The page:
A new brand on the other hand, is looking to be recognised and adopted at the onset. Most startups would channelise their energies and resources at creating awareness, generating strong leads, pushing for customer acquisition through lucrative sales promotion offers, etc. With the current possibilities available in marketing through technology and smartphones, a new wave of innovative marketing tools have come to the fore. So while a conservative approach stands a brand in safe stead, innovation creates buzz, virality and conversations around a brand.

Importance of Technology in Modern Marketing

Technology in marketing is like a double-edged sword. While technology has its share of pros, it also has its share of pitfalls. The upside is obviously the ability to ‘target’ accurately on any given day and at any given time, who you’d like to speak to. The sheer focus and precision with which the same brand can communicate in different styles and different languages to different sub cultures with their target audience, at the same, is a definite benefit. Apart from that the detailed level of trackability and measurability that technology provides allows us to assess the effectiveness of our communication and marketing initiatives.

Today, consumers’ attention is the scarcest resource in this new world order. Without gatekeepers, anyone can create and broadcast media. As a result, consumers are over-messaged and exhausted. Unlike traditional advertising where a large capital is required by brands to market themselves, technology allows anyone with an idea or business proposition to market themselves using digital platforms and social media. Audiences are savvy and can easily differentiate between paid and unpaid communication. Automatically, they tend to blindside paid communication and engage only with those brands that create engaging and relevant conversations with the audience. This new dynamic between companies and consumers is very different from the traditional model. Where companies used to control their brand narrative through media channels, the power is now largely in the hands of the consumer.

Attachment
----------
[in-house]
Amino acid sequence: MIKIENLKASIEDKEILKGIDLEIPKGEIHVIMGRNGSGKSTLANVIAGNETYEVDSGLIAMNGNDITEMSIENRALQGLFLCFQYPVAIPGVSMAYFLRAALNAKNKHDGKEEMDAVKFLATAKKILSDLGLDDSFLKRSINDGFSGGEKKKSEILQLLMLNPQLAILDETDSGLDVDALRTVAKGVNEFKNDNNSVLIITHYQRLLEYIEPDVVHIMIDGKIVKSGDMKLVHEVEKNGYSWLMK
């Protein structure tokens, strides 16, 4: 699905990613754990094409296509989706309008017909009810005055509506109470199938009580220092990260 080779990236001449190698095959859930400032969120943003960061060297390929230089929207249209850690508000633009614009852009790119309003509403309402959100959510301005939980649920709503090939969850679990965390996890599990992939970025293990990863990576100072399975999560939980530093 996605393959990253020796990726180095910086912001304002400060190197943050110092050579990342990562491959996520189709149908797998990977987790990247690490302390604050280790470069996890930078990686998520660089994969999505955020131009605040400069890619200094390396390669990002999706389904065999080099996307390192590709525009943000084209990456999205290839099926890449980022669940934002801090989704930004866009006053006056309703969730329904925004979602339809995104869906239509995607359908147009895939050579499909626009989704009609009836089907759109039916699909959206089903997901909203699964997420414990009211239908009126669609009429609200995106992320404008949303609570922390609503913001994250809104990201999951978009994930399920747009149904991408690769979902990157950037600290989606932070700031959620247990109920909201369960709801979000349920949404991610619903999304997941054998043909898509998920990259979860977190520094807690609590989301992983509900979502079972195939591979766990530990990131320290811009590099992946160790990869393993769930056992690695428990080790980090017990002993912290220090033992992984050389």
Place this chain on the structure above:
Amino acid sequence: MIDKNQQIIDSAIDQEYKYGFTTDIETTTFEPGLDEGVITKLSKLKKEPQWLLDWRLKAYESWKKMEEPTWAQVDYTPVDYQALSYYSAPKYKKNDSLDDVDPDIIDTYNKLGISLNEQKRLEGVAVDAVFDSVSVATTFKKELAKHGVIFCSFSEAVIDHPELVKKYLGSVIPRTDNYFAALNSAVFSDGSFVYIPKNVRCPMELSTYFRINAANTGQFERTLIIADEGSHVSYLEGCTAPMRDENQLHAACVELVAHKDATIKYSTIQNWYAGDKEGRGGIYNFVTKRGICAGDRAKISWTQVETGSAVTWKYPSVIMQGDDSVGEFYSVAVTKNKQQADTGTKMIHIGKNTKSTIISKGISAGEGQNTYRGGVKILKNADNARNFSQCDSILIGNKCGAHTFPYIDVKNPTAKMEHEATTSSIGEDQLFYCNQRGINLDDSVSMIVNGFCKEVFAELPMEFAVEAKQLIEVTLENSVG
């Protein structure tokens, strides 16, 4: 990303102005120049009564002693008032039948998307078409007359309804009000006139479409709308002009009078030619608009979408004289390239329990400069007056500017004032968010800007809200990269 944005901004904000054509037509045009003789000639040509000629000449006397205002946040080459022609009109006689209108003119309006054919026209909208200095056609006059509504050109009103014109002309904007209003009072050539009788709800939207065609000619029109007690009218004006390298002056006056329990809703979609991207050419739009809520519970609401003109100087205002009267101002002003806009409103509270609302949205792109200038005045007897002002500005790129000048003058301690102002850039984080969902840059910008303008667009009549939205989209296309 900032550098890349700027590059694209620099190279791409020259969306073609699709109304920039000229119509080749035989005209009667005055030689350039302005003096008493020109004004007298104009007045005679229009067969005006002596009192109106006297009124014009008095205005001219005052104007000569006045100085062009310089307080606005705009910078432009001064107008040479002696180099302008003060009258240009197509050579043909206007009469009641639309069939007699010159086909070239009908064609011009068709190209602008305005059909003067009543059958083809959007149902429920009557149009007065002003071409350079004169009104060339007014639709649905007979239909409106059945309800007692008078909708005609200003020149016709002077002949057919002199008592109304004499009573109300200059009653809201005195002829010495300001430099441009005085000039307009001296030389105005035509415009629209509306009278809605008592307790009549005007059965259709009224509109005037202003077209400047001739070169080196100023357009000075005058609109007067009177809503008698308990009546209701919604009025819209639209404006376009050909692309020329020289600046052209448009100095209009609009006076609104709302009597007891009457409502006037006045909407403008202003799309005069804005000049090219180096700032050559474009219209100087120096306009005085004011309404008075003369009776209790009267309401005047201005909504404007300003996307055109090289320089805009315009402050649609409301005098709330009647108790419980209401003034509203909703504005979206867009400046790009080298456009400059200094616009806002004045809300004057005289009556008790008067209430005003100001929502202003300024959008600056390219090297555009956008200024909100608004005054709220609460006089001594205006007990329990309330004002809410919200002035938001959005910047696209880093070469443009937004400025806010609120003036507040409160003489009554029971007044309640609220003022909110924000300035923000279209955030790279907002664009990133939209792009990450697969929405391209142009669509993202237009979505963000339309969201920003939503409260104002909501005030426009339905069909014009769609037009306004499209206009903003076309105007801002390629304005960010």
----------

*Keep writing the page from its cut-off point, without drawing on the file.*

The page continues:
About Author

 Nikhil Jain is Co-Founder at CredR. He is fond of travelling and reading books on digital brand building. He is a driven problem solver who believes that the perfect blend of technological advancement & economies of scale are sine qua non to providing tailored solutions to real world problems. His latest preneur was building Coursewave.org with his colleagues, Sumit Chhazed and Nittin Mittal. Nikhil graduated with a dual degree in Engineering Physics (Bachelors’) and NanoScience (Masters’) from IIT Bombay in 2012. He also worked as the Dramatics Secretary. During college days, he also managed the Techfest, Asia’s Largest Science & Technology festival.